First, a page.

The metals making-up a typical aircraft are prone to several different types of corrosion, and long service life compounds these problems – it is estimated that one in four airplanes is over 20 years old.

Up to the 1990s, little attention was payed to aircraft corrosion. Among the first aircraft to incorporate corrosion prevention by design was the Boeing 777, manufactured since 1995.



The environment – The environment under which an aircraft operates greatly affects its corrosion characteristics. A marine environment with its sea-water-laden air is the most detrimental, a desert environment the most benign. Temperature also have a significant effect on the rate of corrosion – a hot humid climate being the most detrimental.

Extreme temperature and pressure cycling – By the nature of its service an airplane undergoes large cyclical temperature and pressure changes, as it climbs into the high atmosphere or lands at its destination. Temperatures in the high atmosphere, even in tropical latitudes, may reach -40°C, and pressures can drop as low as 0.2 atmospheres.

This causes:

  • Ambient moisture to condense on the aircraft – on its outer skin, in its inner structural surfaces, and on important components, such as electrics and landing gear; moisture then becoming trapped inside these complex structures;
  • Seals to leak over time, resulting in the penetration of moisture (driven by pressure differentials) even into the nominally sealed areas of the structure; this happens gradually, over a long timescale.

Foreign matter – such as battery acid spillage, caustic cleaning solutions, engine exhaust residues (due to its sulphur content), atmospheric dust and soil.

Leaking lavatories and galleys – sometimes not easily detected, cause the accumulation of humidity in inner structures.

And as the aircraft ages, the cumulation of these factors make the problem of corrosion more severe.



Filiform surface corrosion is observed as under-paint random thread-like filaments, with the paint often bulging and blistering. This is caused by cracks in the paint which allow the ingress of moisture under the paint.

Galvanic corrosion is caused by two dissimilar metals in the presence of an electrolyte. Aluminium, alloy, extensively used in aircraft, is composed of aluminium plus copper, magnesium and manganese. Exposure of the alloy to water in in the absence of suitable corrosion protection, produces powder-like white or grey corrosion deposits. Carbon fibres in contact with aluminium can also set up a galvanic cell, and thus produce corrosion.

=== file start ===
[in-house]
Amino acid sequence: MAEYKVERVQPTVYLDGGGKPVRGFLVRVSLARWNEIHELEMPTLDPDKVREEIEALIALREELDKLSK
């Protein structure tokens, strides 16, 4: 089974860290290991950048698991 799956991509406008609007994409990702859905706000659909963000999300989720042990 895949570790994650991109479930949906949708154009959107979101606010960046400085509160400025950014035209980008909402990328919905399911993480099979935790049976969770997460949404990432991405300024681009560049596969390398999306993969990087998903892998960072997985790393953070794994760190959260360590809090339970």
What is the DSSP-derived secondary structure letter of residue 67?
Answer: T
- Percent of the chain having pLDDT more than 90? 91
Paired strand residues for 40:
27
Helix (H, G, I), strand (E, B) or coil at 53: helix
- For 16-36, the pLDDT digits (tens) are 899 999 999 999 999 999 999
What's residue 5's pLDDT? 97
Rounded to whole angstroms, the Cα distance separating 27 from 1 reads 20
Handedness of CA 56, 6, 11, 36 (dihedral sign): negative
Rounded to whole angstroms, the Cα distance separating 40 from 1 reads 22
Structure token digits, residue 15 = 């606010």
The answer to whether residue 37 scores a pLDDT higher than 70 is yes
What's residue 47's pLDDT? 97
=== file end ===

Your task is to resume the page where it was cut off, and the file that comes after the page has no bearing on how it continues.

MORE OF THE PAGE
Pitting is the creation of small pits (or holes) on the surface. These pits, however go deep into the thickness of the material, to the extent that structural integrity may be compromised. The corrosion mechanism is that of galvanic corrosion (described above), where the electrolyte becomes trapped in a pit, initially caused by point-damage of the paint layer; as corrosion takes hold, this pit then deepens and traps the electrolyte even more efficiently.

Fretting corrosion is caused by the cyclical relative surface motion between loaded metal surfaces, typically induced by vibration or structural flexing. This often happens around bolts and rivets. The fretting action wears-down the protective or sacrificial layers of the metal and exposes the metal itself to corrosive agents. Cracks are observable on the surface.

Exfoliation – Machined or damaged edges of structural members may have exposed grain ends, that allow corrosion to penetrate the material along planes parallel to the grain surfaces. Corrosion products (which are more voluminous than the original metal), push the grain layers apart, allowing more corrosion to take place. The material is seen to “peel” into leaves, hence the name of this phenomenon.

Stress corrosion typically occurs in high-strength alloys which intrinsically have a negligible corrosion product.  It occurs under conditions of high tensile stress (static or cyclical) in a corrosive environment. Incorrect fits or tolerances due to faulty assembly procedures may cause this.

Micro-biological corrosion is principally experienced in integral aluminium fuel tanks and their piping, in the presence of entrapped water. This water may come from condensation of humid air inside the fuel tank or may have been inadvertently introduced in the kerosene as an impurity. Fungi grow at the water / fuel boundary, especially during periods when the aircraft is in storage. Acidic digestion products of the organisms attack the corrosion-protection layer of the inside surfaces of the tank and of the fuel piping.



Primarily safety – A corrosion-weakened airframe is more prone to metal fatigue and to catastrophic failure. Corrosion in other components, such as landing gear, engine parts and electrics can also compromise safety.



It is estimated that corrosion costs the US aircraft industry $2.2 billion, which includes design and manufacturing ($0.2 billion), corrosion-related maintenance ($1.7 billion), downtime ($0.3 billion).  (Corrosion Costs and Preventive Strategies in the United States, Publication No. FHWA-RD-01-156, US DEPT OF TRANSPORTATION, FEDERAL HIGHWAY ADMINISTRATION).